The recent news reports that Haven, the joint healthcare venture between Amazon, JP Morgan, and Berkshire Hathaway, was quietly being shut down, came as no great surprise to those of us who work in the Artificial Intelligence field. The culprit for the failure of this ambitious effort to reform American healthcare is very likely the same as the reason the Healthcare.gov website collapsed in spectacular fashion when the Affordable Care Act was first rolled out. There is a very common problem that is plaguing American corporations, as well as those of the rest of the world right now: Failure of data interoperability (DI).
Why would we suspect that? The published reports on the failure of Haven don’t mention politics or anything catastrophic. But we do know that, after spending what we can assume were very large sums, their attempts to improve healthcare for their hundreds of thousands of employees have failed. We also know that the teams involved in this effort spent the bulk of their time constructing new models to get something new and better out of their data. These three very advanced organizations are run by three very respected leaders, but when confronted with a legacy aspect of that business — healthcare — they confront the same problems as everyone else, in countless other businesses. The three companies had to confront mismatched data formats, heterogeneous physical data stores, and very large employee bases/ headcount. In other words, their data is a mess.
We see this devil’s stew of DI problems across countless industries — from a combined book publishing behemoth, to the large hospital system, where employees report that different parts of the hospital have difficulty reconciling records within their own organization.
Historically, we have solved these problems in one of three ways. The first solution will be familiar to anyone who is a customer of SAP: you and your company can spend a decade, and ~$100 million, bringing your data into their newly created silo. This can work for a time, if you are willing to spend the time and the money, although new issues can be introduced in the process. This is tantamount to proclaiming that the Earth is the center of the universe and insisting all calculation be done relative to that coordinate system — costly and ineffective, but good for the Church.
The second solution is to undertake a massive manual effort, acknowledging that there will be inevitable errors and that you will constantly be trying to fix those errors. This is the route most companies are forced to take. This is also where many large consultancies — not just the ones you’ve heard of, such as Deloitte, McKinsey, and Accenture, but also ones you may not have — Tibco, Wipro, Tata Consulting — make Billions of dollars helping companies clean up their data swamps. Data integration accounts for 40% of IT spending. This is tantamount to trying to convert between geographic coordinate systems by hand, or trying to connect electronic devices in a world without standardized electrical sockets (or standard plumbing fixtures in England, many of which were constructed before the industrial revolution)
The third solution isn’t really a solution at all. Companies decide not to bother. They look at their mass of data, realize it cannot be organized in a way they can properly utilize it, and they just skip it. They continue to collect and store data, but they cannot use it for analysis because the problem of data interoperability has overwhelmed them.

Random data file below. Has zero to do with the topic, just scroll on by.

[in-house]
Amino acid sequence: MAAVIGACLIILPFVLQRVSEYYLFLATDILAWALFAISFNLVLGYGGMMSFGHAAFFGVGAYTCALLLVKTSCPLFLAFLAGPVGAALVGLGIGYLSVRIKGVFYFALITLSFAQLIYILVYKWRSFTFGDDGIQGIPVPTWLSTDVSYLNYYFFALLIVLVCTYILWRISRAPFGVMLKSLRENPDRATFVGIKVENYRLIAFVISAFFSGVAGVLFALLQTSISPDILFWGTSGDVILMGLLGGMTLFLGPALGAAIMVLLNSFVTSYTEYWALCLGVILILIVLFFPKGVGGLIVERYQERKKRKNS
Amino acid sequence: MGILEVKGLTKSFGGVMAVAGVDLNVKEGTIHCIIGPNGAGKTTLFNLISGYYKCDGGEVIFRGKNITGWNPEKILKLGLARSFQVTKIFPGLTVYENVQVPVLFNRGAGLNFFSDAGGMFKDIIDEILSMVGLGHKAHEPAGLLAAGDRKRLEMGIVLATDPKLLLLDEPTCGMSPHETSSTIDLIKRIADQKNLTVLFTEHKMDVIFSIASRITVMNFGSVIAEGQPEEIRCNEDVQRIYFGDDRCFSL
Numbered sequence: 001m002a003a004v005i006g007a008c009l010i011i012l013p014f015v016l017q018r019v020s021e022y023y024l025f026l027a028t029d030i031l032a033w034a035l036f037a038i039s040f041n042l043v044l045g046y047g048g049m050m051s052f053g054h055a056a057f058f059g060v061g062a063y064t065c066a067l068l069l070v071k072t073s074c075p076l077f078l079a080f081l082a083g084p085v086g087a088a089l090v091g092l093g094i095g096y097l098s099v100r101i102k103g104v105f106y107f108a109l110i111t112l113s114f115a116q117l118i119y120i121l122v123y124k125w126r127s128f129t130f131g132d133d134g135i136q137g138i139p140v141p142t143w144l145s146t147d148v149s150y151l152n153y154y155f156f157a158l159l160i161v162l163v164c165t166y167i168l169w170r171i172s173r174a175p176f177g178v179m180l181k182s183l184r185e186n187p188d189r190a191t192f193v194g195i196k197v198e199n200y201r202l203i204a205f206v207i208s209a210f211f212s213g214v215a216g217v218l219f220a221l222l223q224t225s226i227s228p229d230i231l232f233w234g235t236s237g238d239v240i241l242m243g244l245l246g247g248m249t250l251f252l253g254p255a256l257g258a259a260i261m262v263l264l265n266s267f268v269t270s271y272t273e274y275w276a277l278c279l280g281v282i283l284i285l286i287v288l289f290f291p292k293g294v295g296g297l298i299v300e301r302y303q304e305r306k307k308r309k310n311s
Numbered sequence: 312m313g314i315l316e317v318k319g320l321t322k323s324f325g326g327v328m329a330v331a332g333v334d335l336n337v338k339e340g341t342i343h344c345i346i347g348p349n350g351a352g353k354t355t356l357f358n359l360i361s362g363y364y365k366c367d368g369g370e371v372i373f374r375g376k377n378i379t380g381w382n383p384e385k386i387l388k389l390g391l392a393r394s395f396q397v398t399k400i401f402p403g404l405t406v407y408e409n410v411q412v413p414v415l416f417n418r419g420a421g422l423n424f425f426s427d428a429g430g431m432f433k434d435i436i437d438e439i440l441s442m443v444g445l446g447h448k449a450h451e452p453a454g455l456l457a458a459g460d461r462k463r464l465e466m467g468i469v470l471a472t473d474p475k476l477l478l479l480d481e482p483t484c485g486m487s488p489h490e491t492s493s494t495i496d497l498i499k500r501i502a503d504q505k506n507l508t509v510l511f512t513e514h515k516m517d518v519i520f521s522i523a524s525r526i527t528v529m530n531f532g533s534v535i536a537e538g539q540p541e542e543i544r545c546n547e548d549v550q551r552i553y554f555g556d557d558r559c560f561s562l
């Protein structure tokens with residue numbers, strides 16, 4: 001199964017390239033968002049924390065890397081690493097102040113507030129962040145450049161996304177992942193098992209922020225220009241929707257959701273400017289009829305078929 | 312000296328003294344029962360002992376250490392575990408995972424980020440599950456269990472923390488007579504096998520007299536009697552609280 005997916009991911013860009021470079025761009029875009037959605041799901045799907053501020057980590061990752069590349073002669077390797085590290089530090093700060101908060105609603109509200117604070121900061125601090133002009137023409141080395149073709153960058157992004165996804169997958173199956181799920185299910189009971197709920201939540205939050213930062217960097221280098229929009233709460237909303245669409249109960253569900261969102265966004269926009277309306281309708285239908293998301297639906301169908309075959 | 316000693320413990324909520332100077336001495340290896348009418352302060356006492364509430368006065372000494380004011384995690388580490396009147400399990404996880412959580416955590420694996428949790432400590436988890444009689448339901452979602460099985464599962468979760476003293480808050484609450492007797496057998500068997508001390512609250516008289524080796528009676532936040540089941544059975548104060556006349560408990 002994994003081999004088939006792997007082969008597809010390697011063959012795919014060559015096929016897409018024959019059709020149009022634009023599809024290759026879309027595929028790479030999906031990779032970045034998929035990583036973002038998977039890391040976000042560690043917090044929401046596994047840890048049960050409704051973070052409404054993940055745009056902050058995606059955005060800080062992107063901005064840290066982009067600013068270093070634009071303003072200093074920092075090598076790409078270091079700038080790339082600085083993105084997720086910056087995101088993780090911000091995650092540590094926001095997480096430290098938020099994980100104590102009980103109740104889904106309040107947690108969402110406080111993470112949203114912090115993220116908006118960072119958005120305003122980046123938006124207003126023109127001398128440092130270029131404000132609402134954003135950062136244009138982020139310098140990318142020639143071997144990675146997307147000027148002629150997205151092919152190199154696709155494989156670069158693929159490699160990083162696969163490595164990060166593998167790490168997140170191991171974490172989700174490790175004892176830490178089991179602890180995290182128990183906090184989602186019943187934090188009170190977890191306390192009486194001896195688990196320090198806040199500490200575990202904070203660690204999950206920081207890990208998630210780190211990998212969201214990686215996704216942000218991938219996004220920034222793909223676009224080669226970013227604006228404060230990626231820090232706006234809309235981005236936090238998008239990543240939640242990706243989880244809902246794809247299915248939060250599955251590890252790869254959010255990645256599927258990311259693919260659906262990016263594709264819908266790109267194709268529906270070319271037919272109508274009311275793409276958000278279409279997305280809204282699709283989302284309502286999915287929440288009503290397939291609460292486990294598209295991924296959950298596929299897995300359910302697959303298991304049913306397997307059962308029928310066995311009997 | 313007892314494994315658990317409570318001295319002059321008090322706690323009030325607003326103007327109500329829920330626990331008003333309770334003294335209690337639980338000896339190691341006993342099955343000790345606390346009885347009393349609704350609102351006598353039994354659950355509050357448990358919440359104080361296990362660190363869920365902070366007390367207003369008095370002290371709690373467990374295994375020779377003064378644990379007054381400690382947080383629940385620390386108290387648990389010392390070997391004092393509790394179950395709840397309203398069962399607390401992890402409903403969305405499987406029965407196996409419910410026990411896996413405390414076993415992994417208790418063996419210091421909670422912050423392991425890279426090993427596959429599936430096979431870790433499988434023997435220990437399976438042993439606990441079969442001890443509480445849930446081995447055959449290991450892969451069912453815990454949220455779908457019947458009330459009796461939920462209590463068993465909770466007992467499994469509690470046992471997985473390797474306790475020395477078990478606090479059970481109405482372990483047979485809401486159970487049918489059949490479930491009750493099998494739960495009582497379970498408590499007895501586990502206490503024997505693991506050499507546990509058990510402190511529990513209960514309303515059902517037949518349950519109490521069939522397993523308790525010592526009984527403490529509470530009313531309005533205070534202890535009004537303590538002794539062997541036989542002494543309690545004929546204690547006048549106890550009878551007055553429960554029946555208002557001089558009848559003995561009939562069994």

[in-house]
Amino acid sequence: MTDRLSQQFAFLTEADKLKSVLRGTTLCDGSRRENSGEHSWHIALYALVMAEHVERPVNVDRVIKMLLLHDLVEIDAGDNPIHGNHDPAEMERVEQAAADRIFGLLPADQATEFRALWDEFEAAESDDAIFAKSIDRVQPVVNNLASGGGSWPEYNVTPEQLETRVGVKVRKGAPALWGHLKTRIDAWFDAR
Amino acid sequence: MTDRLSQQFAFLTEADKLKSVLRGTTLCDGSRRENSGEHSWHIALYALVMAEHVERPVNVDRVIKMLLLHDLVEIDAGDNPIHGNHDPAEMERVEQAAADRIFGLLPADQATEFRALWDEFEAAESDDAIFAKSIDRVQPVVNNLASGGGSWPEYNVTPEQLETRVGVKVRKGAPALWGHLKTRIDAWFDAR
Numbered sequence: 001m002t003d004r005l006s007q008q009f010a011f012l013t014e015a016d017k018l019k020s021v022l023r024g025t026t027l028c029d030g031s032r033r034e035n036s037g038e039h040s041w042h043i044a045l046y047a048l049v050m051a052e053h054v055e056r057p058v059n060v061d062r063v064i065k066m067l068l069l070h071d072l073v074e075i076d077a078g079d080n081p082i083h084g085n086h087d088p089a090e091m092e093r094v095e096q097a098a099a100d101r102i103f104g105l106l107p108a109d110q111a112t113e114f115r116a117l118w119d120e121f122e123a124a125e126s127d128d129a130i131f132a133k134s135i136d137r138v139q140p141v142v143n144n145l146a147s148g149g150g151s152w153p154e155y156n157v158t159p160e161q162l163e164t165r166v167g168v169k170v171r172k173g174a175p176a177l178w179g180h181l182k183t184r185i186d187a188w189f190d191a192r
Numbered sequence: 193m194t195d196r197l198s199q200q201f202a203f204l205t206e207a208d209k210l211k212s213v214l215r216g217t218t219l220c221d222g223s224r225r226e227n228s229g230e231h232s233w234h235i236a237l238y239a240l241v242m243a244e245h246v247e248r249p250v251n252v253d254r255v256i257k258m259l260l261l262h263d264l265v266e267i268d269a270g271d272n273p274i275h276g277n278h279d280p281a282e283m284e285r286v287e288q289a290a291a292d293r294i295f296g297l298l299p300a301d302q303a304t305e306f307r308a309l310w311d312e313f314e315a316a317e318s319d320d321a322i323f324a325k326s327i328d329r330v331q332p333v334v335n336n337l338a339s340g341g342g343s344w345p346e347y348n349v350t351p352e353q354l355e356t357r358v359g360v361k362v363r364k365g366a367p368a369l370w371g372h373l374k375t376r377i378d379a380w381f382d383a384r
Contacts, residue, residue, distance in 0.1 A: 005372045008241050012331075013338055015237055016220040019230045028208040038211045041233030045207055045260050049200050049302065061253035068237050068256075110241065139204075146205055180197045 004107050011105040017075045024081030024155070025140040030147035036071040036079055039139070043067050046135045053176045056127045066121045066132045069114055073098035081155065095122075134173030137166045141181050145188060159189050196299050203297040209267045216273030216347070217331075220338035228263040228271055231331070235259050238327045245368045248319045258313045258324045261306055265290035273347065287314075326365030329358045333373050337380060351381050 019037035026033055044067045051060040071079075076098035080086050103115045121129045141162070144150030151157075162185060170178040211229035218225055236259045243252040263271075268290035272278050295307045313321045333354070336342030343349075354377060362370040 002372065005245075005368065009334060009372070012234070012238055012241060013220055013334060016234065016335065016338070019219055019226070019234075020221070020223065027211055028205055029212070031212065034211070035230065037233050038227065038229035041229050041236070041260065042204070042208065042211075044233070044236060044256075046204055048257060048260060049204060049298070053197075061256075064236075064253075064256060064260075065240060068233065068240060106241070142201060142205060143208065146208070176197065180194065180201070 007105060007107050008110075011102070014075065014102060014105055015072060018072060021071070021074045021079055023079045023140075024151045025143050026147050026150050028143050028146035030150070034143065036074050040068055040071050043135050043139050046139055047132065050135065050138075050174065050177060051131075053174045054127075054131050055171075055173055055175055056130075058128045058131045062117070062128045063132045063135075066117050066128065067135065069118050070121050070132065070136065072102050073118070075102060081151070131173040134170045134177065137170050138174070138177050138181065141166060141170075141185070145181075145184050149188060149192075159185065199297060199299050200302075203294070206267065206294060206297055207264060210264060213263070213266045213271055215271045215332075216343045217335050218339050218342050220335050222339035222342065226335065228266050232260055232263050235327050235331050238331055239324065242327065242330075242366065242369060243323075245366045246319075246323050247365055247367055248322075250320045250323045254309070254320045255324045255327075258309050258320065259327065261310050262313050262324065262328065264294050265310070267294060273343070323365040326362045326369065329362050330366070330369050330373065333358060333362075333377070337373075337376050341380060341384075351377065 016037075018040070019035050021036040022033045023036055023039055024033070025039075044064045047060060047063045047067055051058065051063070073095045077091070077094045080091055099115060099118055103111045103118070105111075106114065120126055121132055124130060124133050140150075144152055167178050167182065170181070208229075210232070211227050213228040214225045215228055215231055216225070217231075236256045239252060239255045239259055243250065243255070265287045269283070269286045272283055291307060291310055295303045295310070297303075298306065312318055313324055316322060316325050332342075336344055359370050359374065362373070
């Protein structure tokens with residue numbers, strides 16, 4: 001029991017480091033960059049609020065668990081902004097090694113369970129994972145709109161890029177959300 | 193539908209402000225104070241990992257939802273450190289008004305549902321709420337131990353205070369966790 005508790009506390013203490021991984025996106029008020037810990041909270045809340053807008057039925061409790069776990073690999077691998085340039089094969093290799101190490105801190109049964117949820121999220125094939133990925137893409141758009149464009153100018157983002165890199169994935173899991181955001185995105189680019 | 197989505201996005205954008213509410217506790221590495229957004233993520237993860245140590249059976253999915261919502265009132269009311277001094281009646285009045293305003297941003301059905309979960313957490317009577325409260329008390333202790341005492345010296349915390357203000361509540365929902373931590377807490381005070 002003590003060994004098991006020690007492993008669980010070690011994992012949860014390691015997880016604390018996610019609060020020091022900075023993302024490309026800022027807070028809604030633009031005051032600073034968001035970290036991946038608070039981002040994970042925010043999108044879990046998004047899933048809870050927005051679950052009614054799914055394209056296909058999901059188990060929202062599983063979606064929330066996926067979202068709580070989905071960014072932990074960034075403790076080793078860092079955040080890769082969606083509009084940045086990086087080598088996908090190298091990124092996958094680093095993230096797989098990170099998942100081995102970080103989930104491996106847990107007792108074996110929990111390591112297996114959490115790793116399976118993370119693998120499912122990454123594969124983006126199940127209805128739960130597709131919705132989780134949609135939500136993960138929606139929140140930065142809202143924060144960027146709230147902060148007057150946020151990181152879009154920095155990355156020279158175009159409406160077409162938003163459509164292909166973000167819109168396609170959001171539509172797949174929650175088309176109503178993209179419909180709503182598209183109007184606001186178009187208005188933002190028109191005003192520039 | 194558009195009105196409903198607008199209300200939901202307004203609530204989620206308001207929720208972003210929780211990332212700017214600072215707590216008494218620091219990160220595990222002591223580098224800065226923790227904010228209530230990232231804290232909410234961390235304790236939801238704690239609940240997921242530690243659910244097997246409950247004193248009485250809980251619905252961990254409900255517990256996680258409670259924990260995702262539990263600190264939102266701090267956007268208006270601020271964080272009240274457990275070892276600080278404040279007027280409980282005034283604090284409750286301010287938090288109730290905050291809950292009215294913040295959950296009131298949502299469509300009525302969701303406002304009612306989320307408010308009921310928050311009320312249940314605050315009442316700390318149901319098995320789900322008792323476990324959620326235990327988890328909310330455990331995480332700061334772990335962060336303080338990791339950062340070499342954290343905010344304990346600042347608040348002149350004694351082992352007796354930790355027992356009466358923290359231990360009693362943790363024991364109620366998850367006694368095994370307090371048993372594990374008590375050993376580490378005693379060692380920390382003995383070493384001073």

As with Haven, an incredibly high-profile venture, the bulk of these projects fail. These organizations were looking for radical synergy, making use of smart people within smart organizations. But it became easier and smarter to simply pull the plug. Haven failed quickly, albeit not without laying a lot of never used data pipelines, but most of these ventures fail somewhere around year 8, when the company realizes that they have spent $60m and several years, yet there is still no visibility towards finding a solution. I recently spoke with executives at a large bank in Europe who had spent well in excess of $100m over several years and had walked away before even a single day of use. In other words, millions of dollars and several years had been spent in an attempt to solve this problem, and yet all their efforts yielded zero benefit. Like plugging a tv into a wall socket, many data integration have all or nothing properties by definition of what they are trying to do.
But a fourth solution now exists, based on recent discoveries in math — an area called Enterprise Category Theory. This solution is quick, effective, and won’t cost hundreds of millions of dollars or a decade of effort. There are companies around the world already taking advantage of this technology. It allows for a new world to exist: data integration problems are formalized in a way reminiscent of high school algebra, and solved using advanced AI techniques implementing the mathematical discovery in software.
Most companies are already doing data integration, but poorly. This Enterprise Category Theory solution for data integration is a reachable goal. You can have the best algorithms in the world and pour millions of dollars into AI solutions for your company, but without solving the Data Interoperability problem, you and your company will never harness the true power of AI for your company and your customers. Mathematical breakthroughs in Enterprise Category Theory open a new world in DI, saving companies money and giving power to the promise of “Big Data”.